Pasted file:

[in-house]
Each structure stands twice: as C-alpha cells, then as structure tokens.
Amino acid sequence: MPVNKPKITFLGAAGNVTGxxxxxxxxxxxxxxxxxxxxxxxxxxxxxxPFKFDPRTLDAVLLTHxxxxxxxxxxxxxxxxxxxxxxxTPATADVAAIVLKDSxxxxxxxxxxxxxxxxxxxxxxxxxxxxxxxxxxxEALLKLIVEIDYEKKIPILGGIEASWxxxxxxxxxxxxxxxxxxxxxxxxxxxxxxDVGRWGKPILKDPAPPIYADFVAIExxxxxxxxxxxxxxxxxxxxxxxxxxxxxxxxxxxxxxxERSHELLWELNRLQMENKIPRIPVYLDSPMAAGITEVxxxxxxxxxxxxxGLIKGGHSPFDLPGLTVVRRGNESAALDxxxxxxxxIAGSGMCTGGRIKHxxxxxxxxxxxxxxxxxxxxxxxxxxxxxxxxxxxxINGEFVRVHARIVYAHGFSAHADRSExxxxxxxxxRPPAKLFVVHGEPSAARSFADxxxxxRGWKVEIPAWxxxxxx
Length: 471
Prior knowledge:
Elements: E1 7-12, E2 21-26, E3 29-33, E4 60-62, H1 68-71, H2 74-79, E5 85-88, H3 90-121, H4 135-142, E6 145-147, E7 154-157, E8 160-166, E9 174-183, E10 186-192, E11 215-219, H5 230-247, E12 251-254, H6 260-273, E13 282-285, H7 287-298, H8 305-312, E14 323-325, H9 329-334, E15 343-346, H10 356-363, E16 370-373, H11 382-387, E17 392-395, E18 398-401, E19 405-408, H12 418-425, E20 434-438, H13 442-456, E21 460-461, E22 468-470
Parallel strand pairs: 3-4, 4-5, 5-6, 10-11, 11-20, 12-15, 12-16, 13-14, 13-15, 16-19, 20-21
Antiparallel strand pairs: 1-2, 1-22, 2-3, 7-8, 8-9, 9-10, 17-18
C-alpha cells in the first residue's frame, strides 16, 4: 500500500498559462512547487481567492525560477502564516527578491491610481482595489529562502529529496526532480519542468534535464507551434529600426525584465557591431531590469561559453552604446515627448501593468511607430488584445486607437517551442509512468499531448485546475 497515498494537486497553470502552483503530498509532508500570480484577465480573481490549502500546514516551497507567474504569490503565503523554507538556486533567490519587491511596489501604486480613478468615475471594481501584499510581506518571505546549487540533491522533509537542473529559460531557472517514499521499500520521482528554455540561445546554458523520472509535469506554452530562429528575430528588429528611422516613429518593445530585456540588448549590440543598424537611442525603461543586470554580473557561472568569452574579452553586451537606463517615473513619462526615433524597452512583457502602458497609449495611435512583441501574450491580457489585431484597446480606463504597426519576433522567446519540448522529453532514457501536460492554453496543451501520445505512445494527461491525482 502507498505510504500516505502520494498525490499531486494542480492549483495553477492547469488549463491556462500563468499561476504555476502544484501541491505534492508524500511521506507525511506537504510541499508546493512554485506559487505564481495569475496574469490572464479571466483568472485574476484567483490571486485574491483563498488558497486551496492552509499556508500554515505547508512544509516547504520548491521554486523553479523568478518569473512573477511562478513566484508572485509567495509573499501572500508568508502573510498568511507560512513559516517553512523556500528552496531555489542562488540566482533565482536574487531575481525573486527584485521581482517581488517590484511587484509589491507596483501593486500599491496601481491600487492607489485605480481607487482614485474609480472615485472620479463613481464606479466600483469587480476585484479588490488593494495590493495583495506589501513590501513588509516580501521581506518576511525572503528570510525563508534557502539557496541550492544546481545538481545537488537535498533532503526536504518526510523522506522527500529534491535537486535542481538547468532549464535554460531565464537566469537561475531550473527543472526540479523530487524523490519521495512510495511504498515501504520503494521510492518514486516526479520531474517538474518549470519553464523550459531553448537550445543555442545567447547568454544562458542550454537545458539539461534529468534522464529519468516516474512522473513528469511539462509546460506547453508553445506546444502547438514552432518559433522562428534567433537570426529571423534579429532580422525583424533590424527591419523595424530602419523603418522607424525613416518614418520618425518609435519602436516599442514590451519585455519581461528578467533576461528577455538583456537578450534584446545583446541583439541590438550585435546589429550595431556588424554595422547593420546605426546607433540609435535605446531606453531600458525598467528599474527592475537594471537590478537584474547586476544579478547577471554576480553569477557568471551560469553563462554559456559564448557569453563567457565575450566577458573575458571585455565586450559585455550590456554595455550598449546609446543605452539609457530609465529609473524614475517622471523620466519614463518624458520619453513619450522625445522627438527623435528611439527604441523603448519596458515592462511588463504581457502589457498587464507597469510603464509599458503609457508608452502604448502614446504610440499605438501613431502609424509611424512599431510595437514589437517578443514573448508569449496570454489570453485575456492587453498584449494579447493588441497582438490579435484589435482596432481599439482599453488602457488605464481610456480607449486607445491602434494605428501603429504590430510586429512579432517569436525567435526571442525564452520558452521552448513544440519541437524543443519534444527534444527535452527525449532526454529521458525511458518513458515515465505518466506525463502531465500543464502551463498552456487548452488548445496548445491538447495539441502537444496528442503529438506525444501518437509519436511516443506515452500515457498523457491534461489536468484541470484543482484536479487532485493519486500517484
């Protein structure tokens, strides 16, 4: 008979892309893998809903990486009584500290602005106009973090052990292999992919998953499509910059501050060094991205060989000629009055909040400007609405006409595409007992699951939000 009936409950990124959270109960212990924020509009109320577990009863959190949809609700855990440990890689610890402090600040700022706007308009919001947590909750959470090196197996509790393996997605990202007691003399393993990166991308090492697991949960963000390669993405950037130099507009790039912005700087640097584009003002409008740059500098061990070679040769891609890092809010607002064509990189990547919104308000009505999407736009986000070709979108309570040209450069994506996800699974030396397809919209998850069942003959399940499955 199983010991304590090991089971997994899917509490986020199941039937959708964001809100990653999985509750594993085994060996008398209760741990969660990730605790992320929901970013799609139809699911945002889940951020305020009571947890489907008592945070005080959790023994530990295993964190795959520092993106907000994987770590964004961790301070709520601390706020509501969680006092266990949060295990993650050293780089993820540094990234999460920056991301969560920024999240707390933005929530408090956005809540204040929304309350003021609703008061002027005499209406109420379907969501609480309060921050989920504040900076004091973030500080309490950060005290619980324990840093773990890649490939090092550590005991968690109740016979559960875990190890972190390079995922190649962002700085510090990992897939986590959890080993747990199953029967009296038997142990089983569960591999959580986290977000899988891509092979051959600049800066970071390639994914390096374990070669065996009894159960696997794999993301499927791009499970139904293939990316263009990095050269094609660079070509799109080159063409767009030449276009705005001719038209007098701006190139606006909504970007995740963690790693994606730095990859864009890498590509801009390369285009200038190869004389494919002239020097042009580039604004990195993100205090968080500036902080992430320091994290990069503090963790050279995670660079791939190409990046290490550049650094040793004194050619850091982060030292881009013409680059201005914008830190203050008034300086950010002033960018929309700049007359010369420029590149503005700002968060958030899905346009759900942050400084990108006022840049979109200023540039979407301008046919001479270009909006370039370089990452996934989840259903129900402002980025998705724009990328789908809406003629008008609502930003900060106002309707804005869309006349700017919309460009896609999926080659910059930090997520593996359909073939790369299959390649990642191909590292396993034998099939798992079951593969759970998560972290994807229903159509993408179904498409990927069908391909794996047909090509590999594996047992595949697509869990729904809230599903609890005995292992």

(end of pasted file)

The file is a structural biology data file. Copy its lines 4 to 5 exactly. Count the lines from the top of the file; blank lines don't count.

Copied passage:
Length: 471
Prior knowledge: